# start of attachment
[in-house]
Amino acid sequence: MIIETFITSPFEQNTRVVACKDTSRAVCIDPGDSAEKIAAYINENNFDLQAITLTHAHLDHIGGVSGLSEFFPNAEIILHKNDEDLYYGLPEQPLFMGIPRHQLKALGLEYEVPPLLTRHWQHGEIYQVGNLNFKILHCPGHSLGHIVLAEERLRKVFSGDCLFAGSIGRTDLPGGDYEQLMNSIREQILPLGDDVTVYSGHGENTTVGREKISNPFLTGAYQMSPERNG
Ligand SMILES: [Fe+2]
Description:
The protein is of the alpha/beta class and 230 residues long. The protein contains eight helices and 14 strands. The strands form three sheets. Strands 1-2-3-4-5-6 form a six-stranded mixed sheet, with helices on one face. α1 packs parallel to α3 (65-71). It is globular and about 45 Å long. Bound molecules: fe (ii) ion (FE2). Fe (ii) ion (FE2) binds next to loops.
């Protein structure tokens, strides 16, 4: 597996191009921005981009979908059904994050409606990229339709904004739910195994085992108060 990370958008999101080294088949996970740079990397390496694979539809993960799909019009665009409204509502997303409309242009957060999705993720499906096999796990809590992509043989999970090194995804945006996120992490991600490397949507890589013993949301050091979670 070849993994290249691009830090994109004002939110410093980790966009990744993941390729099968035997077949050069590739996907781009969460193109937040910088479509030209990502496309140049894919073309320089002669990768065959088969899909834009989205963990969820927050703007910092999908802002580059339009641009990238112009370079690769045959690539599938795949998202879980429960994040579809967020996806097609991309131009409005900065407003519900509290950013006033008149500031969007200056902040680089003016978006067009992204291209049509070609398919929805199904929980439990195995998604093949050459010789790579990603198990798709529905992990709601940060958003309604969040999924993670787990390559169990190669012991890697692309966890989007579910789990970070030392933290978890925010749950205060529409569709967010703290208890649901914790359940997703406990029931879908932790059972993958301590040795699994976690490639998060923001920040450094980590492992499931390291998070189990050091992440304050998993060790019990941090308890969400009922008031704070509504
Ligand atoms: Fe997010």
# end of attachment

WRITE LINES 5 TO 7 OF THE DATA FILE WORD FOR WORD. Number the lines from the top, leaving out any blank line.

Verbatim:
The protein is of the alpha/beta class and 230 residues long. The protein contains eight helices and 14 strands. The strands form three sheets. Strands 1-2-3-4-5-6 form a six-stranded mixed sheet, with helices on one face. α1 packs parallel to α3 (65-71). It is globular and about 45 Å long. Bound molecules: fe (ii) ion (FE2). Fe (ii) ion (FE2) binds next to loops.
């Protein structure tokens, strides 16, 4: 597996191009921005981009979908059904994050409606990229339709904004739910195994085992108060 990370958008999101080294088949996970740079990397390496694979539809993960799909019009665009409204509502997303409309242009957060999705993720499906096999796990809590992509043989999970090194995804945006996120992490991600490397949507890589013993949301050091979670 070849993994290249691009830090994109004002939110410093980790966009990744993941390729099968035997077949050069590739996907781009969460193109937040910088479509030209990502496309140049894919073309320089002669990768065959088969899909834009989205963990969820927050703007910092999908802002580059339009641009990238112009370079690769045959690539599938795949998202879980429960994040579809967020996806097609991309131009409005900065407003519900509290950013006033008149500031969007200056902040680089003016978006067009992204291209049509070609398919929805199904929980439990195995998604093949050459010789790579990603198990798709529905992990709601940060958003309604969040999924993670787990390559169990190669012991890697692309966890989007579910789990970070030392933290978890925010749950205060529409569709967010703290208890649901914790359940997703406990029931879908932790059972993958301590040795699994976690490639998060923001920040450094980590492992499931390291998070189990050091992440304050998993060790019990941090308890969400009922008031704070509504
Ligand atoms: Fe997010």